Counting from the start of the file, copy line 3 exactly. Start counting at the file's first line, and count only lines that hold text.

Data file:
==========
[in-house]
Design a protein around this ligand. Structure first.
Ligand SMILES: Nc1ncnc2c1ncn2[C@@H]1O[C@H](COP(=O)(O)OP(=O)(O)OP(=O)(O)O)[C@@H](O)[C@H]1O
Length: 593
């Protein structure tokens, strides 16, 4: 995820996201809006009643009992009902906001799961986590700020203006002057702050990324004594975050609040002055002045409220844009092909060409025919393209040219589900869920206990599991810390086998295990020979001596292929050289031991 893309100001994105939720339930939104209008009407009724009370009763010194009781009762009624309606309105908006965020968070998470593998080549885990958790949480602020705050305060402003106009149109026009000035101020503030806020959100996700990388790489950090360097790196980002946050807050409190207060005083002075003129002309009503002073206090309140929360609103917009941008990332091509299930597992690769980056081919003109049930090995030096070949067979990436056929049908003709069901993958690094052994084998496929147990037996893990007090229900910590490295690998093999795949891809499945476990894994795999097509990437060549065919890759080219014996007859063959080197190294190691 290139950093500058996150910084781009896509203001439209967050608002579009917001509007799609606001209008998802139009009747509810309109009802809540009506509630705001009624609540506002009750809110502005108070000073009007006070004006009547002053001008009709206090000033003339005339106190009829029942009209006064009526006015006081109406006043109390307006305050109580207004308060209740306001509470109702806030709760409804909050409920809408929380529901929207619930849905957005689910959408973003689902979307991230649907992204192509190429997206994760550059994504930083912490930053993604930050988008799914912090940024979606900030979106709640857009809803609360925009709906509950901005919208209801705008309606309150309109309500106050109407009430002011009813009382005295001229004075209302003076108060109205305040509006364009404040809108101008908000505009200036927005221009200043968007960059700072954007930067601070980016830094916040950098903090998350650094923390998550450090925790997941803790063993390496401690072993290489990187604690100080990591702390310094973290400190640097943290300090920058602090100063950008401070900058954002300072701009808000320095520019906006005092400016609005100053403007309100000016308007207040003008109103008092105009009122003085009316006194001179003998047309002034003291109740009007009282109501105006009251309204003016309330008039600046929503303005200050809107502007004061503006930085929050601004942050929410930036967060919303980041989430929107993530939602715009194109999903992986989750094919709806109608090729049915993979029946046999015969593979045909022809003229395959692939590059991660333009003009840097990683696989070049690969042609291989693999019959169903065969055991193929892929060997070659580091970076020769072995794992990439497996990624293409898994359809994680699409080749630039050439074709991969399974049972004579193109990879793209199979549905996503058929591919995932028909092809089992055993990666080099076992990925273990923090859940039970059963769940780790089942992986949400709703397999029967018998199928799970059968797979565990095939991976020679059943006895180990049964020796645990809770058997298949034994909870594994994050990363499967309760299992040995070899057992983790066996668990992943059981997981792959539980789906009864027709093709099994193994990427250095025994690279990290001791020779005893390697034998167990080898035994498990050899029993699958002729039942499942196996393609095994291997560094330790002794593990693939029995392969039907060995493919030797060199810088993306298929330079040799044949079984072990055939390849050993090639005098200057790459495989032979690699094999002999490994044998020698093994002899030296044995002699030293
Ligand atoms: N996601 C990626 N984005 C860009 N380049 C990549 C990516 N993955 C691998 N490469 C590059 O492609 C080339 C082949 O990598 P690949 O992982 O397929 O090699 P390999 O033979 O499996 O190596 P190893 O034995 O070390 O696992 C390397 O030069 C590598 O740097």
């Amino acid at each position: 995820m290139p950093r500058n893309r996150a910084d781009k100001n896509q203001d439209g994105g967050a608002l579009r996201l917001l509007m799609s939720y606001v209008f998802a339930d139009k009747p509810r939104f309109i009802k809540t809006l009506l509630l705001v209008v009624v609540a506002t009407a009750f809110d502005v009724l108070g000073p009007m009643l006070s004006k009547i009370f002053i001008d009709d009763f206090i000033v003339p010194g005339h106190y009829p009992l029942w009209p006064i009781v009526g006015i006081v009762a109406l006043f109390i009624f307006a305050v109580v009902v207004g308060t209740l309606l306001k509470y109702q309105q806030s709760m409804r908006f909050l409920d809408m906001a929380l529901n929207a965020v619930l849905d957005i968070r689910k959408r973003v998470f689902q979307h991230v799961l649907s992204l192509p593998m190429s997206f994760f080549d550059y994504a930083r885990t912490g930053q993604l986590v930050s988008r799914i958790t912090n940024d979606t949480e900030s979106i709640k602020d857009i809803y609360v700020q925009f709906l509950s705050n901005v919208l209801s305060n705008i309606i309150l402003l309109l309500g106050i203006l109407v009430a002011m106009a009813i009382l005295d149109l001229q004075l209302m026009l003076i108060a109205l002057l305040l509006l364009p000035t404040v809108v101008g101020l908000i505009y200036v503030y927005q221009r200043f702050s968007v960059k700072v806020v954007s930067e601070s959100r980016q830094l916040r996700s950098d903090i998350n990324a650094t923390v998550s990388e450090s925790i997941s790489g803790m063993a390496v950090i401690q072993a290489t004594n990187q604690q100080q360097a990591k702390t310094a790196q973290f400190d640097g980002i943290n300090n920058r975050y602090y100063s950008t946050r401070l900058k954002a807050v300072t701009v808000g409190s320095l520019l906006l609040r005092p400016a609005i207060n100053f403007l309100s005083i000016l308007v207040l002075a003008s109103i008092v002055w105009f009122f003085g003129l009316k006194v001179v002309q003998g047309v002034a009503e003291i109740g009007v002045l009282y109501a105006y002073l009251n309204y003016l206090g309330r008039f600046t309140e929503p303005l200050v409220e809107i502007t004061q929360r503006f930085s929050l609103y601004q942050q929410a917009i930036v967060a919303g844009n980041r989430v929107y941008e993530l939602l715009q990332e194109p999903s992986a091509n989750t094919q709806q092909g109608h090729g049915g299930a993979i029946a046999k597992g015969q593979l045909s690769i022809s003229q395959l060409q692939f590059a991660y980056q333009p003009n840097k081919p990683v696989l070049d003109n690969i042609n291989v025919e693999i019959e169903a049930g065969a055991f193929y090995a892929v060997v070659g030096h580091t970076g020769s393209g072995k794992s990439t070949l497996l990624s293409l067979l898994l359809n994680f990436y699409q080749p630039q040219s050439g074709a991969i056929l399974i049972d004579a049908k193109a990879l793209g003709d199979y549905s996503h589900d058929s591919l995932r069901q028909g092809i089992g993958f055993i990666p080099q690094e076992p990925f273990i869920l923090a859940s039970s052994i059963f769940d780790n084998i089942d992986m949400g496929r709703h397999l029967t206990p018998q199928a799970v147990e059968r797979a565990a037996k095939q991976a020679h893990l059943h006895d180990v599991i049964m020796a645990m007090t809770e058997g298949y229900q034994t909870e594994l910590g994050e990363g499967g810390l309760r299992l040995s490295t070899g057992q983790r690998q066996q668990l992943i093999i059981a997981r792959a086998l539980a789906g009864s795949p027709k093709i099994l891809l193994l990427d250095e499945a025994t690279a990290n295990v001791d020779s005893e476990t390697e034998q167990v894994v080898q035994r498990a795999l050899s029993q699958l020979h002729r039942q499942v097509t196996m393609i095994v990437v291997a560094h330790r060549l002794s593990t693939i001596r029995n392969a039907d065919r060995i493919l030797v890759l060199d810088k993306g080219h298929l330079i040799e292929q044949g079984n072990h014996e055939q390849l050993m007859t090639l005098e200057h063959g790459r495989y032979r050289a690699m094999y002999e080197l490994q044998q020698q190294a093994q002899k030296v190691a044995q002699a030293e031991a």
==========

Ligand SMILES: Nc1ncnc2c1ncn2[C@@H]1O[C@H](COP(=O)(O)OP(=O)(O)OP(=O)(O)O)[C@@H](O)[C@H]1O